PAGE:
The context of geography curriculum design in English schools
- The teaching of geography gives pupils an understanding of the world around them, its environments, places near and far and the processes that create and affect them.
- The subject has a relatively low status, particularly in primary schools.
Primary education and the EYFS
- Geography education journey starts in EYFS
- ‘People, culture and communities’ and ‘natural world’ set out clearer, identifiable geography knowledge.
- In EYFS, children acquire some geographical vocab to build on.
- Substantive knowledge sets out content to be learned. 4 interrelated forms:
- Locational knowledge
- Place knowledge
- Human and physical processes (includes ‘environmental’ geography)
- Geographical skills
- Disciplinary knowledge considers how geographical knowledge originates and is revised.
- Successful geography curriculum reflects careful thought about what is taught, the rationale, the sequencing and the relationships between the forms of knowledge.
- Bring together content, organisation of content, teaching approaches, assessment and more.
- Curriculum should map out knowledge that pupils learn to gain geographical expertise.
- A clearly mapped journey starting from EYFS and developing through the curriculum is critical if pupils are to move towards becoming experts in the subject.
- ‘Concepts’ = means of categorising geographical knowledge of natural and human phenomena.
- Concepts are a way in which to group geographical content. High level concepts include:
- Physical and human processes
- Environmental impact
- Sustainable development
- Cultural awareness
- Cultural diversity.
- Concepts are important as they draw out links between processes and ideas.
- Content of curriculum needs to be broken down to component parts (chunks) that pupils can understand in their own right before combining different components.
Forms of geographical knowledge
- Need to identify content (substantive) that is taught and the knowledge of relationships that allows pupils to understand connections between ideas (disciplinary)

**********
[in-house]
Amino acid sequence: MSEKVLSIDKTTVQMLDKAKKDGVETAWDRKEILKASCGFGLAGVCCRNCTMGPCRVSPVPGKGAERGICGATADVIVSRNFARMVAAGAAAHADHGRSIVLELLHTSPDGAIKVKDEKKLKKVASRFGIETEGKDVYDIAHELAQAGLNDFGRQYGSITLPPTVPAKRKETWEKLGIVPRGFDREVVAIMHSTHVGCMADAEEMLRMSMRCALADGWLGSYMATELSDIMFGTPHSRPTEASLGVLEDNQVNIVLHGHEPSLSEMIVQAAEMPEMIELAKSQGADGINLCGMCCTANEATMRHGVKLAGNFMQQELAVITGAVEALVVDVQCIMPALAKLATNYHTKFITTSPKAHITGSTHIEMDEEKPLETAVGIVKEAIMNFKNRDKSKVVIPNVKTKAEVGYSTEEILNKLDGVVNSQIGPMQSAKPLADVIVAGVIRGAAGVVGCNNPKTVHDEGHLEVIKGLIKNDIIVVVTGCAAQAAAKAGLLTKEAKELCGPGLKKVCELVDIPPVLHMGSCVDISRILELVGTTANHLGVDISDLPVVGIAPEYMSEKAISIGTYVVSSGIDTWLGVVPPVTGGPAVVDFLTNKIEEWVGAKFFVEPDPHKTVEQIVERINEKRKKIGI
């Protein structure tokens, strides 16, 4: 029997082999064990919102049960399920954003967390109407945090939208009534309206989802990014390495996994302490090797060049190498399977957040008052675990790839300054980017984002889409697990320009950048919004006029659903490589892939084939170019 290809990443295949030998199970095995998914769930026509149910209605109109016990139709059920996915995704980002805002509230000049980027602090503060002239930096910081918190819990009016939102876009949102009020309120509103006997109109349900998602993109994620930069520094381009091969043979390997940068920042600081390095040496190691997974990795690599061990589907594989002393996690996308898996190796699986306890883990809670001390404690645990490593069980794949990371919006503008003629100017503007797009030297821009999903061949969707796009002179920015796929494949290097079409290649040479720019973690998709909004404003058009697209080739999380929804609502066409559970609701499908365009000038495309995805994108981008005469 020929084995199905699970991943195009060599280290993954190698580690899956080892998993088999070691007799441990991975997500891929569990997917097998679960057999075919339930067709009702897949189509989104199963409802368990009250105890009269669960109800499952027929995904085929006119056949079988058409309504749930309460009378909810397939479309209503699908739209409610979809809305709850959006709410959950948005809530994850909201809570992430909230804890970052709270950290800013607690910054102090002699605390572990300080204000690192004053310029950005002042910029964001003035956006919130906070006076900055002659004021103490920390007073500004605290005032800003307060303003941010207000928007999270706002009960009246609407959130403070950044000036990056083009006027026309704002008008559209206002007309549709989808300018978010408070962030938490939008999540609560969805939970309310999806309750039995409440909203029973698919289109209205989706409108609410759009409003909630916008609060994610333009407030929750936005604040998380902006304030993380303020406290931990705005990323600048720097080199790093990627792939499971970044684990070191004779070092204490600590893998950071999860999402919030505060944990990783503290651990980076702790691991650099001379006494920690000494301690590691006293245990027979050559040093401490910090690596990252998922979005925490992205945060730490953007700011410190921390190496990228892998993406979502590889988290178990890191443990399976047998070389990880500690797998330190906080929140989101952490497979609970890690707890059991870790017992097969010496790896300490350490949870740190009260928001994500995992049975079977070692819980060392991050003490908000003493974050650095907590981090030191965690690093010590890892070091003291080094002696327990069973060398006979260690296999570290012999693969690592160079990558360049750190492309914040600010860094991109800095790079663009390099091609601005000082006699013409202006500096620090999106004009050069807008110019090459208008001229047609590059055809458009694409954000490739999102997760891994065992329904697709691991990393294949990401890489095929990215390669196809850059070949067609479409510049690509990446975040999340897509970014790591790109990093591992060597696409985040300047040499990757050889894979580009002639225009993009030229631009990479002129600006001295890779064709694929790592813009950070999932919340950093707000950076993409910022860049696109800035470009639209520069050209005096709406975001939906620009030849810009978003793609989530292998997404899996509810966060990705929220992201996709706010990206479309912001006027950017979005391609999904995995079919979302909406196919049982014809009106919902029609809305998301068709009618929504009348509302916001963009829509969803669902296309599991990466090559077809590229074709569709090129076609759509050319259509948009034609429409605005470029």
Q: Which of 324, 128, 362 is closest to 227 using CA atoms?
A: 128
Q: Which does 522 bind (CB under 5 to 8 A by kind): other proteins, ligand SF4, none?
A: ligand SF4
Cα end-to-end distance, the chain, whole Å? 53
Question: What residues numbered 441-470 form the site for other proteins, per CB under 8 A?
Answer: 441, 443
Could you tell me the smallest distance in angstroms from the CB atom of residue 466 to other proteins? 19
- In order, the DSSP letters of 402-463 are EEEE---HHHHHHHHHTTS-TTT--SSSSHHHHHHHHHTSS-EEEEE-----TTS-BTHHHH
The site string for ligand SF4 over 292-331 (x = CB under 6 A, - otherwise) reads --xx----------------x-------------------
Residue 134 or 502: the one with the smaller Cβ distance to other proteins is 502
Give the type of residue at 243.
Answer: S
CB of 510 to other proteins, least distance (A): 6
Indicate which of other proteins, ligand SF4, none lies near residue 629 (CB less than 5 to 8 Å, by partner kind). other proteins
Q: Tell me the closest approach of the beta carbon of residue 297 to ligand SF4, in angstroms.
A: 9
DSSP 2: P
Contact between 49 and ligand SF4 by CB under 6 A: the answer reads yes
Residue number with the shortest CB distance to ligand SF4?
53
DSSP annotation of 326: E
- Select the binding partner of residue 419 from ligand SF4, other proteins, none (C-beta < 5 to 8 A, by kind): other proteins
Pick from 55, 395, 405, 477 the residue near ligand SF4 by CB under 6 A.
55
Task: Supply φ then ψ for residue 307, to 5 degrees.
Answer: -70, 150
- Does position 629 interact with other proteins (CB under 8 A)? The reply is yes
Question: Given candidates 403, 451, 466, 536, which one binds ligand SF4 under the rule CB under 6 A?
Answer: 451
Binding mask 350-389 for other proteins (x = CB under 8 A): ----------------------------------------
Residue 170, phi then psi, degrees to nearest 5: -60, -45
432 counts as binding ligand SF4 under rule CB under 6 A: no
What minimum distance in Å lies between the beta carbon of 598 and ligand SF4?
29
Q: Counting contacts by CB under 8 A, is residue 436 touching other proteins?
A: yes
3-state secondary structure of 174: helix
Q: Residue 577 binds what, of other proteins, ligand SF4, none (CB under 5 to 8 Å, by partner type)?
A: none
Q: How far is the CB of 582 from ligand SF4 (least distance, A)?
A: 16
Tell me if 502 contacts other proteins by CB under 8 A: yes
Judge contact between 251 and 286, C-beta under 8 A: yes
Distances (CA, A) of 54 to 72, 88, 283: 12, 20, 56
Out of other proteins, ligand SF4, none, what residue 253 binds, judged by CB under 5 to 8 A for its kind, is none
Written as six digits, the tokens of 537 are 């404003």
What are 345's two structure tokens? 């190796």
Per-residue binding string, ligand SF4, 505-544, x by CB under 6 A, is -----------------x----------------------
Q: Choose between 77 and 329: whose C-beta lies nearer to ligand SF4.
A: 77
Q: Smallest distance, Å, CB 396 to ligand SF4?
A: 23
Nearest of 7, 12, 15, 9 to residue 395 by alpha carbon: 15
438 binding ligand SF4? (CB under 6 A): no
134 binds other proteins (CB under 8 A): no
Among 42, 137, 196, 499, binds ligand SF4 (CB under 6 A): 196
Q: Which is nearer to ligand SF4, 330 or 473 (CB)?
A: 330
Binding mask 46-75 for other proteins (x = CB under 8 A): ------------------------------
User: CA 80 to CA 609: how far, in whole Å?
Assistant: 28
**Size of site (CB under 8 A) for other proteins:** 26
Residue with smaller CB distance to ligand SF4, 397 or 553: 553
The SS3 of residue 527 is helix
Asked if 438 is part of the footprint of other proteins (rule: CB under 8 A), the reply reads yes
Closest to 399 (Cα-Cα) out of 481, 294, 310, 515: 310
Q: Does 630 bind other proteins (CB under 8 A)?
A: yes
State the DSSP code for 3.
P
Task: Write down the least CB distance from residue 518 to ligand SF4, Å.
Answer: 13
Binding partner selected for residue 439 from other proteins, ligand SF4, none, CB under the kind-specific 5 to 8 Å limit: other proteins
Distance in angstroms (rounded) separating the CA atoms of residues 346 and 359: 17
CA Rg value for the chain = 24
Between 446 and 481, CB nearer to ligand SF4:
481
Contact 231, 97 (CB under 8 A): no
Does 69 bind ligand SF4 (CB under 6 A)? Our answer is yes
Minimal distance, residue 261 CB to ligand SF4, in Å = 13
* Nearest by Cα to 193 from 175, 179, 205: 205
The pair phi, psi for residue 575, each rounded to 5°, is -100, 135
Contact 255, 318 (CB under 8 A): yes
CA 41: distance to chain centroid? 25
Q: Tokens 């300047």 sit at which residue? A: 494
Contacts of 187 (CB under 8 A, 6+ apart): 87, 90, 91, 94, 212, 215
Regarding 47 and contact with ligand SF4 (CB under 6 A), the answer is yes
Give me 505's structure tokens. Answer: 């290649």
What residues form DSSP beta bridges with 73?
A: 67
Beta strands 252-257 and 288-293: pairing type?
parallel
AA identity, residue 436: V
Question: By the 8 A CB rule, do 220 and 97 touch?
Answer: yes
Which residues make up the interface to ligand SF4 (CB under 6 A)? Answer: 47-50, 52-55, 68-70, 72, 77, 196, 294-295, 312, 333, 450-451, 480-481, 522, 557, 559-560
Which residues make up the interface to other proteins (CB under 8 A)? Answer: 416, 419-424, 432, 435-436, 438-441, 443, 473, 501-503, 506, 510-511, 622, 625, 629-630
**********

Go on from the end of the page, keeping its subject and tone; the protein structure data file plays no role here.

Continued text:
- ‘Knowing where’s where’ is a mainstay of geography.
- Start with near and far, left and right, behind and in front – Reception year?
- N, S, E, W in KS1 and then 8 points of compass by KS2
- All pupils need to build extensive knowledge of different countries, regions and features.
- Pupils should be able to pinpoint certain locations at each stage of their education and be able to associate these locations with the peculiarities that identify them.
- Place allows a pupil to ‘locate or orient oneself with respect to the larger global space and to other places.
- Place is a physical area that can be located and that has personal meaning, attachment or distinct identity.
- Emphasis on exploring localities and understanding similarities and differences between them. Curriculum must be structured to give pupils knowledge of what makes a place the way it is.
- Comparisons should be made between different places but also same place over time.
Environmental, physical and human geography
- Knowing why a phenomenon occurs and the impacts that it has.
- Pupils need to understand how human and physical processes interact to influence and change landscapes, environments and the climate, as well as how human activity relies on the effective functioning of natural systems.
- Pupils need to gain the knowledge needed to explore the relationships between process and their impact in different locations and at different times.
Geographical skills and fieldwork
- Through fieldwork, pupils encounter geographical concepts first hand and connect learning in the classroom with the complexity of the real world.
- In order to engage purposefully with fieldwork, pupils first need enough prior knowledge of the processes and techniques used and the conditions to use them.
- Teachers need sound subject knowledge to confidently explore uncertainties and ambiguities that come from moving from classroom to real environment.
- Can’t tightly control variables – pupils need to know enough about the limitations of procedures and how to get around them to draw valid conclusions.
- Fieldwork needs to be more than tokenistic.
- To become proficient at map skills, the curriculum needs to ensure that children have the knowledge they need (direction, scale, drawing and analysing).
- Plans introduce pupils to different types of mapping (topological, thematic) as they progress.
Aerial photography and satellite imagery